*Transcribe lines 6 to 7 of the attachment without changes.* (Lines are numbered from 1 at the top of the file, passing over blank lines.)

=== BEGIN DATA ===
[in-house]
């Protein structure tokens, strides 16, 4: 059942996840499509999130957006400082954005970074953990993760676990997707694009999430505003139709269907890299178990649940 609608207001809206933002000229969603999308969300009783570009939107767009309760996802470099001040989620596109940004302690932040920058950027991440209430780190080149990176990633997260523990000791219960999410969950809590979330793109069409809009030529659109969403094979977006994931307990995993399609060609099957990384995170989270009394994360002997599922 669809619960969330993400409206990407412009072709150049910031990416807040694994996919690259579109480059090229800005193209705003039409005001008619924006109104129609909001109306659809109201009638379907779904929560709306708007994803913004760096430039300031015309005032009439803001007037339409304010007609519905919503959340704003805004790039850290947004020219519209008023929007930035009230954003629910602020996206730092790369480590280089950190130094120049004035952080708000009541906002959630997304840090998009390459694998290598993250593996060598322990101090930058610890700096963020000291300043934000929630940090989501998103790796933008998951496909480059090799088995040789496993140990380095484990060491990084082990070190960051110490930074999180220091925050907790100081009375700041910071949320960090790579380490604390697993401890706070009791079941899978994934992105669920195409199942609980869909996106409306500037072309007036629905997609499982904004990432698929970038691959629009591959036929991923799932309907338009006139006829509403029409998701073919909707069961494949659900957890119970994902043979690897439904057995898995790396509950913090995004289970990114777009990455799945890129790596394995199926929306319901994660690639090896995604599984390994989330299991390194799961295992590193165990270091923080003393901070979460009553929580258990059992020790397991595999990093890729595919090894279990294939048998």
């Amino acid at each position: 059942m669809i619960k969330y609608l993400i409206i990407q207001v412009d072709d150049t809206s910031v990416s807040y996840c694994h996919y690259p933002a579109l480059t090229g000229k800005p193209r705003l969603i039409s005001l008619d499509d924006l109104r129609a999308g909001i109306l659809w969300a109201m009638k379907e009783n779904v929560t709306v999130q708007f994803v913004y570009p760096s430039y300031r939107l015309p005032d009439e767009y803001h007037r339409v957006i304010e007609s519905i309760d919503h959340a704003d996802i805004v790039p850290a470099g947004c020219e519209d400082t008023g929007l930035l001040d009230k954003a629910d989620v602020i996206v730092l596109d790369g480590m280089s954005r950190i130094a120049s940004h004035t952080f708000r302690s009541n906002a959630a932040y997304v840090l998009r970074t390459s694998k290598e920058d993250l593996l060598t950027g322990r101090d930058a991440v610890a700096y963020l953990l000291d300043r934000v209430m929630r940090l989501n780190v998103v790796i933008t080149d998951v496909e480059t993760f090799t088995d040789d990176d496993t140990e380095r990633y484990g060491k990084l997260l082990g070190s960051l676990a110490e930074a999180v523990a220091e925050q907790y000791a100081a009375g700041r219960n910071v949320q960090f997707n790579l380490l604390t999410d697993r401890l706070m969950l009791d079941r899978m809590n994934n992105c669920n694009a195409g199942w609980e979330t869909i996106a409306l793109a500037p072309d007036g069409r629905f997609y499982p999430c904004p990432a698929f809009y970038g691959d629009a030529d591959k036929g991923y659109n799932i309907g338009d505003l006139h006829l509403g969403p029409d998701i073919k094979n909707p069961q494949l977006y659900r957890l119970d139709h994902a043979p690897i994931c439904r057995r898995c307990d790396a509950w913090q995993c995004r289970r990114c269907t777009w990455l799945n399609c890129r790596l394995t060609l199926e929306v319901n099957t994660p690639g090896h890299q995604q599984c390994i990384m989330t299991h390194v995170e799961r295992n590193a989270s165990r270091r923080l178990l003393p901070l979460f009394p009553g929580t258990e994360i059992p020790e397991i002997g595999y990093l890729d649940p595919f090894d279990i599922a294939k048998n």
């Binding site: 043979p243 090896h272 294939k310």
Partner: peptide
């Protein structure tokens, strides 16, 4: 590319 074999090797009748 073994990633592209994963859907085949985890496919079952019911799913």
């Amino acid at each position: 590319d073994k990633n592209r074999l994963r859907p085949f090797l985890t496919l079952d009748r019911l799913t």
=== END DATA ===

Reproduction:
């Protein structure tokens, strides 16, 4: 590319 074999090797009748 073994990633592209994963859907085949985890496919079952019911799913």
């Amino acid at each position: 590319d073994k990633n592209r074999l994963r859907p085949f090797l985890t496919l079952d009748r019911l799913t």